The FCA has announced plans to cap the fees charged by payday lenders in a move expected to cost the industry £420m a year in revenue.
The new rules, due to come into force in January 2015, mean payday lenders will never be allowed to charge more than 100 per cent of the value of the loan, while interest and fees will be capped at 0.8 per cent per day of the amount borrowed.
The regulator is also threatening to introduce tougher regulations for consumer credit firms if they fail to improve data-sharing for affordability tests.
FCA chief executive Martin Wheatley says: “For the many people that struggle to repay their payday loans every year this is a giant leap forward. From January next year, if you borrow £100 for 30 days and pay back on time, you will not pay more than £24 in fees and charges and someone taking the same loan for 14 days will pay no more than £11.20. That’s a significant saving.
“For those who struggle with their repayments, we are ensuring that someone borrowing £100 will never pay back more than £200 in any circumstance.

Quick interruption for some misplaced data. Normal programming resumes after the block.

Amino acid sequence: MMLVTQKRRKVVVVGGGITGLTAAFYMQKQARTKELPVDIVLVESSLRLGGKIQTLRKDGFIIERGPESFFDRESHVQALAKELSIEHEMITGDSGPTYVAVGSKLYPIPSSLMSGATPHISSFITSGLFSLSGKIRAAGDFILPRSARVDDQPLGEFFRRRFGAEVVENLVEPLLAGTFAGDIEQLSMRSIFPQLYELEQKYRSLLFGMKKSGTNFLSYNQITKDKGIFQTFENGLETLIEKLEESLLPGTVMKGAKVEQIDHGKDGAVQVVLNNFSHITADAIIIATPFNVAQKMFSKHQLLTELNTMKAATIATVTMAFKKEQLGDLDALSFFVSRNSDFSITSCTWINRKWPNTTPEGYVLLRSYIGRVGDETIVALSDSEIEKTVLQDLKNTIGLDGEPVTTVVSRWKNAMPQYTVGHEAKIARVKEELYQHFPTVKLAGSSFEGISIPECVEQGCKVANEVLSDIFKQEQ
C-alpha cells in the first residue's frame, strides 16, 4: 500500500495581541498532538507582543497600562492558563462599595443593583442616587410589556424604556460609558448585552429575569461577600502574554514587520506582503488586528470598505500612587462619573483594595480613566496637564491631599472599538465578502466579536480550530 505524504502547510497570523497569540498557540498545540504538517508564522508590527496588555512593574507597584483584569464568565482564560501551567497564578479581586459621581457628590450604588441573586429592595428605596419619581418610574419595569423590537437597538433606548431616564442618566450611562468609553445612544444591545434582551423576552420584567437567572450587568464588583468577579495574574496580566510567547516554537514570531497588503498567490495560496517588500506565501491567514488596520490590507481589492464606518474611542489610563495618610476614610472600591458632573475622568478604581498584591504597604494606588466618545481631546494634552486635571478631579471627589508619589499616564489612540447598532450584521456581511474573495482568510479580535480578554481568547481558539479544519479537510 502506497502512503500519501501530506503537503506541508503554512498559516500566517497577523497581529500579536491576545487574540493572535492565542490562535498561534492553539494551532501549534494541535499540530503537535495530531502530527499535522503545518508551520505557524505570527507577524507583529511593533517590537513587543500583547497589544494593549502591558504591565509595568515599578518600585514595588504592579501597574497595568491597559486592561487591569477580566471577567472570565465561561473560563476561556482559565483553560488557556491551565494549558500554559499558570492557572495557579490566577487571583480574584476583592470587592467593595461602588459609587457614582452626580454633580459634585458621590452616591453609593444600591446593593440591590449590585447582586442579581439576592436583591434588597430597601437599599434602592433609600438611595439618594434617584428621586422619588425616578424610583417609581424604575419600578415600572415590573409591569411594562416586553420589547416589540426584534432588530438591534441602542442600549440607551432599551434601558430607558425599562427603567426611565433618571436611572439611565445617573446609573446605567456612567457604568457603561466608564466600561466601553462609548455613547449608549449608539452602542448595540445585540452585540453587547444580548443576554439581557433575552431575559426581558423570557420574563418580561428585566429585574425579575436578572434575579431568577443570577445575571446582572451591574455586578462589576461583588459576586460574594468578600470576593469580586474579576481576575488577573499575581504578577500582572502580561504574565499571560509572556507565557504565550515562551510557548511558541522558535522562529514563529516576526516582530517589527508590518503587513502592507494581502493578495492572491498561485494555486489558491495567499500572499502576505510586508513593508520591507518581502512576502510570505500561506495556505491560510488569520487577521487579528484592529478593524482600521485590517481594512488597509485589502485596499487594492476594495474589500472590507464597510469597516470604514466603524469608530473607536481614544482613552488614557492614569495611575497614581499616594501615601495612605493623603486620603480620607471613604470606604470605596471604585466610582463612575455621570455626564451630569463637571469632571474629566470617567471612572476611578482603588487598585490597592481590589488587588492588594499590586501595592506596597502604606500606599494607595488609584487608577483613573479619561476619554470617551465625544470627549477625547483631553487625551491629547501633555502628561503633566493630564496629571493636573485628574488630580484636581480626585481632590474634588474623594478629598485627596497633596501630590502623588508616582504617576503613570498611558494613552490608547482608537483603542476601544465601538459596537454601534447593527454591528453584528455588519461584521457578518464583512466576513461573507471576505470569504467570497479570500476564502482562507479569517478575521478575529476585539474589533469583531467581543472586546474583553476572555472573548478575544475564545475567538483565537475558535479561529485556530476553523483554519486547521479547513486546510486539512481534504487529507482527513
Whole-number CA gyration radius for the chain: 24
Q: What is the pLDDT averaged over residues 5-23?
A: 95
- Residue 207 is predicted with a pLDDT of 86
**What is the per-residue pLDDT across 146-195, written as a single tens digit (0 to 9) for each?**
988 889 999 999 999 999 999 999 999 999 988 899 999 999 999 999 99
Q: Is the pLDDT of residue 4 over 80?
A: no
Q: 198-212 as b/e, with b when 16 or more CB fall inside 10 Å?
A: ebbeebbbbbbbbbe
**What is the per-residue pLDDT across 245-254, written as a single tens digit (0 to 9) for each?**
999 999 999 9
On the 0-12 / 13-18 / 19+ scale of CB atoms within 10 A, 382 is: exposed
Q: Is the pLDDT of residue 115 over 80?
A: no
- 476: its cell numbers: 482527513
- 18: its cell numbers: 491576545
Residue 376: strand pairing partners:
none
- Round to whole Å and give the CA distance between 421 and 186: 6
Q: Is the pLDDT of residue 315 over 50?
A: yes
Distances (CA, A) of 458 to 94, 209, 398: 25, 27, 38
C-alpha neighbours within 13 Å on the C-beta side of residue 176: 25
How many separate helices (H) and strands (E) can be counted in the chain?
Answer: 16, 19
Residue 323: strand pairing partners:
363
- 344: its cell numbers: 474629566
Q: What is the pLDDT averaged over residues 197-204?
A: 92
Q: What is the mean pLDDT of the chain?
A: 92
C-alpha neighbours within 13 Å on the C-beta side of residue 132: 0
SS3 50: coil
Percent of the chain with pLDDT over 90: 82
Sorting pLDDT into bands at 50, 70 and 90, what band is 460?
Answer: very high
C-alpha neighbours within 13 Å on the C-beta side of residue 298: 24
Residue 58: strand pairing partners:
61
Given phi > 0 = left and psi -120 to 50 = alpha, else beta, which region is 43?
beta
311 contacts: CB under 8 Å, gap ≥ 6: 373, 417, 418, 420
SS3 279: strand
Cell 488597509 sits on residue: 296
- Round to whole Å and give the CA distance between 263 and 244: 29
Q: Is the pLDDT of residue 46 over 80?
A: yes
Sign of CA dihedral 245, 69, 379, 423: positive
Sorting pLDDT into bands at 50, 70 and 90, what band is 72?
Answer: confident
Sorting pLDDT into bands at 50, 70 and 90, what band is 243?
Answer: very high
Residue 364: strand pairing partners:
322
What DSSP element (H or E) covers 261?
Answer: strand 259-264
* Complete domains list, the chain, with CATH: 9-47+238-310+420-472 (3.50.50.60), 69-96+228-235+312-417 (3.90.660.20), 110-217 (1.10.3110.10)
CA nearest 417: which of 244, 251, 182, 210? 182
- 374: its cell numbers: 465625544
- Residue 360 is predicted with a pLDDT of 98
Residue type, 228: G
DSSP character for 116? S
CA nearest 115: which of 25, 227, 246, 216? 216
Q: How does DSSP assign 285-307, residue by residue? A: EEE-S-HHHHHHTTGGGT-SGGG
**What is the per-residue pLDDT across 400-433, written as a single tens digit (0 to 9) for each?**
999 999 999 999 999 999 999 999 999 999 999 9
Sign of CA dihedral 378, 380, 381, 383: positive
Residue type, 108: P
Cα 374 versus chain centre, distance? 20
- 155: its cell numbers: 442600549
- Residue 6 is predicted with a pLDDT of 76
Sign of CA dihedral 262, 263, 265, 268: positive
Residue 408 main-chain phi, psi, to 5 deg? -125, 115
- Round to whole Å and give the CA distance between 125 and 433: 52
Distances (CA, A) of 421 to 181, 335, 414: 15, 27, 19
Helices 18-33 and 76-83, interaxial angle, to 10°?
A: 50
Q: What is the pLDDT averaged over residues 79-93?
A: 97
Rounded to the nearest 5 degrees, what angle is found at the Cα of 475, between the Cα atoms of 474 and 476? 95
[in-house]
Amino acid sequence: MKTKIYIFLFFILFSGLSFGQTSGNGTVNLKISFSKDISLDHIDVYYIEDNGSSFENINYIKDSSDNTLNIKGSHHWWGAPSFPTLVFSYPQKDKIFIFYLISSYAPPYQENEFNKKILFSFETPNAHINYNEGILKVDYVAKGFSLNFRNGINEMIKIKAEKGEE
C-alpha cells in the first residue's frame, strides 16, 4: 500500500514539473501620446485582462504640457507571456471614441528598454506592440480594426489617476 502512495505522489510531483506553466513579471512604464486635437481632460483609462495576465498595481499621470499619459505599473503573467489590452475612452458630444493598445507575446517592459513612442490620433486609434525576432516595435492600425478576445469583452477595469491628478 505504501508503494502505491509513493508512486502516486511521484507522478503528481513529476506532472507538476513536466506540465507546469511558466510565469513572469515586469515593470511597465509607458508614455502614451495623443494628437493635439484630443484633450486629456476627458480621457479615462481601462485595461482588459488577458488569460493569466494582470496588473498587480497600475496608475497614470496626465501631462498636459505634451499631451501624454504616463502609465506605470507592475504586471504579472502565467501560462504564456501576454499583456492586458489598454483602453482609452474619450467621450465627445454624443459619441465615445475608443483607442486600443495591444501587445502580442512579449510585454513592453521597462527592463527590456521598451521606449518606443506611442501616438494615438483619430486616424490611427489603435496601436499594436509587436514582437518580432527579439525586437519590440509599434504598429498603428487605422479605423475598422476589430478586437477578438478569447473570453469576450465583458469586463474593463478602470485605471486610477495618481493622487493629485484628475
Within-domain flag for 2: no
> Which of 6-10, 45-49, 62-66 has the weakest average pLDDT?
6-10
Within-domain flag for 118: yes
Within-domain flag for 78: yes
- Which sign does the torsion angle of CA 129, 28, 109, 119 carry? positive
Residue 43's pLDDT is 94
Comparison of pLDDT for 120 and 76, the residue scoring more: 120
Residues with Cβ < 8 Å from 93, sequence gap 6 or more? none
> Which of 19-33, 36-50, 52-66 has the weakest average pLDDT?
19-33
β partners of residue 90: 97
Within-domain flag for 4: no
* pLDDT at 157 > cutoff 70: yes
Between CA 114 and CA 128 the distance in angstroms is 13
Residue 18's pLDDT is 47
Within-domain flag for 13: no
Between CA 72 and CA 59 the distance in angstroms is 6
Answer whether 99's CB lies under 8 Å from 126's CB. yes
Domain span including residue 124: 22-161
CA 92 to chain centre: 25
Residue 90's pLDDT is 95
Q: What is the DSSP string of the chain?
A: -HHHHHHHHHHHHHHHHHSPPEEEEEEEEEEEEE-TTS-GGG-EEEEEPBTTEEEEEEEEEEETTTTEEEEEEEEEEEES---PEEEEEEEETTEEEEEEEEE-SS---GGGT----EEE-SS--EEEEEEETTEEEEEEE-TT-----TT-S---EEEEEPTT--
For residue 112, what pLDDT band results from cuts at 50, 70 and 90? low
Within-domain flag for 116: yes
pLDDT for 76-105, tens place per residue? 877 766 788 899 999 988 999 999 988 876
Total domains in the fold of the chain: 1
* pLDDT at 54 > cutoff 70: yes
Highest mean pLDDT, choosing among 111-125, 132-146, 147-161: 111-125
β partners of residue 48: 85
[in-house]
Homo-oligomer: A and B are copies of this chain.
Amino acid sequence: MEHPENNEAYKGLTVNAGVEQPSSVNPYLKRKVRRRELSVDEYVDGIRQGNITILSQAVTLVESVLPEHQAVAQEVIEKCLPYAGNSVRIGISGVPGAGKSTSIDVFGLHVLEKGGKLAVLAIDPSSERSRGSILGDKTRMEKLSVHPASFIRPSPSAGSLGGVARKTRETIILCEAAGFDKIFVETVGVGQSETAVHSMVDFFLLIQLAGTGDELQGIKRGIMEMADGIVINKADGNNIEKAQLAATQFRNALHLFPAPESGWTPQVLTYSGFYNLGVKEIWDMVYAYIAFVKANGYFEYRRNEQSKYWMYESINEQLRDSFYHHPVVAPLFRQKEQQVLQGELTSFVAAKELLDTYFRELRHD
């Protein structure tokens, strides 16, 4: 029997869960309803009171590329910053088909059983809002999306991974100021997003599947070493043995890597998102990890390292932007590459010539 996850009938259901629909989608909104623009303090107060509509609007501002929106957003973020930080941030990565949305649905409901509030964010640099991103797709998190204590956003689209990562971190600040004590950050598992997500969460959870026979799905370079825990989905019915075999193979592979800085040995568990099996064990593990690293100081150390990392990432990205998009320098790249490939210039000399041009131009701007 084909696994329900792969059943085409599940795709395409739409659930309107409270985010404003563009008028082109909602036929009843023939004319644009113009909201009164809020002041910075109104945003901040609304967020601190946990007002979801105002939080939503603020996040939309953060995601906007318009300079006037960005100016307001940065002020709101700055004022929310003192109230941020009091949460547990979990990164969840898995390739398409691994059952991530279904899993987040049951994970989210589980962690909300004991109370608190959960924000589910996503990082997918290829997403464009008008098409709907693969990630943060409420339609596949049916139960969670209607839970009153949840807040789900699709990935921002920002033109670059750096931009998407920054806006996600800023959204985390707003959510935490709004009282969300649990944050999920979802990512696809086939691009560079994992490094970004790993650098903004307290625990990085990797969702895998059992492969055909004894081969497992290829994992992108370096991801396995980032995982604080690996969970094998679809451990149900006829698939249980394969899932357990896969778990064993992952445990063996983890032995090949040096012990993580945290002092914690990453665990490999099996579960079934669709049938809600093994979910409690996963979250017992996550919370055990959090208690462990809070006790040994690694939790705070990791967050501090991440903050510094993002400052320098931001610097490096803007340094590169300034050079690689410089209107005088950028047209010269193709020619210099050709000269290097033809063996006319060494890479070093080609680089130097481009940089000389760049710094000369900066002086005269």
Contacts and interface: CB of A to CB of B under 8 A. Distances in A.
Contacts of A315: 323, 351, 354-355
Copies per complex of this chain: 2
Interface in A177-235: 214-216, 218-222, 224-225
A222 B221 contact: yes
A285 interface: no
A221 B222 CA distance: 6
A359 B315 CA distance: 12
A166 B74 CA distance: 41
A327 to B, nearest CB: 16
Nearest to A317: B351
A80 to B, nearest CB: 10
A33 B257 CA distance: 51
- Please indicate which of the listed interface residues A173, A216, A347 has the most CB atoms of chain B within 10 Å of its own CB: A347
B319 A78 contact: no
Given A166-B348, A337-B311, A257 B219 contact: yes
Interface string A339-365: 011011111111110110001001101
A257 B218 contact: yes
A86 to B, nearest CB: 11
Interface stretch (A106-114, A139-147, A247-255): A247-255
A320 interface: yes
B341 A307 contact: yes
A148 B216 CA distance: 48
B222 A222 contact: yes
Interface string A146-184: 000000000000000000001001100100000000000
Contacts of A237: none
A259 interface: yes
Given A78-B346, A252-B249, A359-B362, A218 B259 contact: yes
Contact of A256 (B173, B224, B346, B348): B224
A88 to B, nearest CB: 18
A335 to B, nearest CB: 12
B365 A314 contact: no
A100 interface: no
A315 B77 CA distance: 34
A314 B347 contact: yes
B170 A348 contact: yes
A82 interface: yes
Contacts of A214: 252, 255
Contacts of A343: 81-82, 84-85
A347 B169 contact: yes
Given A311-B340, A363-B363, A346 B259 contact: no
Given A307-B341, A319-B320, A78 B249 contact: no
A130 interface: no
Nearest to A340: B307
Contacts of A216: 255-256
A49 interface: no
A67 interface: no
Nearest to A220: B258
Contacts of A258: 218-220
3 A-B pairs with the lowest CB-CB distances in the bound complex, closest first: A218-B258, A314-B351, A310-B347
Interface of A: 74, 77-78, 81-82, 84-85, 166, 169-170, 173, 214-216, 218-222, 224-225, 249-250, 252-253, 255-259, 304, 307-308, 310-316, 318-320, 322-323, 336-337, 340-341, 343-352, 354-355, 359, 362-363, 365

“There have been many strong and competing views to take into account, but I am confident we have found the right balance.
“Alongside our other new rules for payday firms – affordability tests and limits on rollovers and continuous payment authorities – the cap will help drive up standards in a sector that badly needs to improve how it treats its customers.”
The FCA’s prediction of a £420m hit to the payday lender sector is based on research which indicates most loans currently pocket lenders between 1 and 2 per cent a day.
The proposals will apply to new loans and loans rolled over from January 2015. The consultation closes on 1 September.
Last week the Financial Ombudsman warned of a spike in complaints over payday lending in the last two years.